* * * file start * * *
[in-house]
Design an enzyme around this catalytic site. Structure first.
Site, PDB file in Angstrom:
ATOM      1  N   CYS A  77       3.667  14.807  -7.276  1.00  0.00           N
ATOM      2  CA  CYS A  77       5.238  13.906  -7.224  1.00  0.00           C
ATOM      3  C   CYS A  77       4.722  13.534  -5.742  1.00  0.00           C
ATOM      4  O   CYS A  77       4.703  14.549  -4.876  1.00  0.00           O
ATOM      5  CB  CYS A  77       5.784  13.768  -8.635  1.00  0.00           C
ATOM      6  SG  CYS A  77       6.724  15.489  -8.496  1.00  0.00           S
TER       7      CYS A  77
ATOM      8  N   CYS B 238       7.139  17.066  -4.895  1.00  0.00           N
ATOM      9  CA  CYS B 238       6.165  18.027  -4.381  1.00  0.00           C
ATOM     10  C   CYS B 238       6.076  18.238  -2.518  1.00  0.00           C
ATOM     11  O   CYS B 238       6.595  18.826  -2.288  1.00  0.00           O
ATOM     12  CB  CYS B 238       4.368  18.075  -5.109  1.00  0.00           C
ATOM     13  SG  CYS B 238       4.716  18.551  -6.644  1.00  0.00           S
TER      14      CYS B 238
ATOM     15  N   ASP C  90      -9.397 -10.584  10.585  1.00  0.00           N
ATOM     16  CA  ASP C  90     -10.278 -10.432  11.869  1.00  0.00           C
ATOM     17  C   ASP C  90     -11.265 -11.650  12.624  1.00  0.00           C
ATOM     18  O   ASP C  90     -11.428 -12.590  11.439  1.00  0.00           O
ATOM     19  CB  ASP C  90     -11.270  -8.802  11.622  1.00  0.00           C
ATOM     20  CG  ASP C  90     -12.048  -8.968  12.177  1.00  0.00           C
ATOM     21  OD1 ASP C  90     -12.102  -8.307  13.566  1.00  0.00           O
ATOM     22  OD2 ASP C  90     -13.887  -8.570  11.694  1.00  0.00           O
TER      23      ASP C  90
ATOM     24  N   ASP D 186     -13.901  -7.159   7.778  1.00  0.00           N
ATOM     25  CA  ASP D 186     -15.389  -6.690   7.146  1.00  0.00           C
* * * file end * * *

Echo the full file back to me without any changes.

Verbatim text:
[in-house]
Design an enzyme around this catalytic site. Structure first.
Site, PDB file in Angstrom:
ATOM      1  N   CYS A  77       3.667  14.807  -7.276  1.00  0.00           N
ATOM      2  CA  CYS A  77       5.238  13.906  -7.224  1.00  0.00           C
ATOM      3  C   CYS A  77       4.722  13.534  -5.742  1.00  0.00           C
ATOM      4  O   CYS A  77       4.703  14.549  -4.876  1.00  0.00           O
ATOM      5  CB  CYS A  77       5.784  13.768  -8.635  1.00  0.00           C
ATOM      6  SG  CYS A  77       6.724  15.489  -8.496  1.00  0.00           S
TER       7      CYS A  77
ATOM      8  N   CYS B 238       7.139  17.066  -4.895  1.00  0.00           N
ATOM      9  CA  CYS B 238       6.165  18.027  -4.381  1.00  0.00           C
ATOM     10  C   CYS B 238       6.076  18.238  -2.518  1.00  0.00           C
ATOM     11  O   CYS B 238       6.595  18.826  -2.288  1.00  0.00           O
ATOM     12  CB  CYS B 238       4.368  18.075  -5.109  1.00  0.00           C
ATOM     13  SG  CYS B 238       4.716  18.551  -6.644  1.00  0.00           S
TER      14      CYS B 238
ATOM     15  N   ASP C  90      -9.397 -10.584  10.585  1.00  0.00           N
ATOM     16  CA  ASP C  90     -10.278 -10.432  11.869  1.00  0.00           C
ATOM     17  C   ASP C  90     -11.265 -11.650  12.624  1.00  0.00           C
ATOM     18  O   ASP C  90     -11.428 -12.590  11.439  1.00  0.00           O
ATOM     19  CB  ASP C  90     -11.270  -8.802  11.622  1.00  0.00           C
ATOM     20  CG  ASP C  90     -12.048  -8.968  12.177  1.00  0.00           C
ATOM     21  OD1 ASP C  90     -12.102  -8.307  13.566  1.00  0.00           O
ATOM     22  OD2 ASP C  90     -13.887  -8.570  11.694  1.00  0.00           O
TER      23      ASP C  90
ATOM     24  N   ASP D 186     -13.901  -7.159   7.778  1.00  0.00           N
ATOM     25  CA  ASP D 186     -15.389  -6.690   7.146  1.00  0.00           C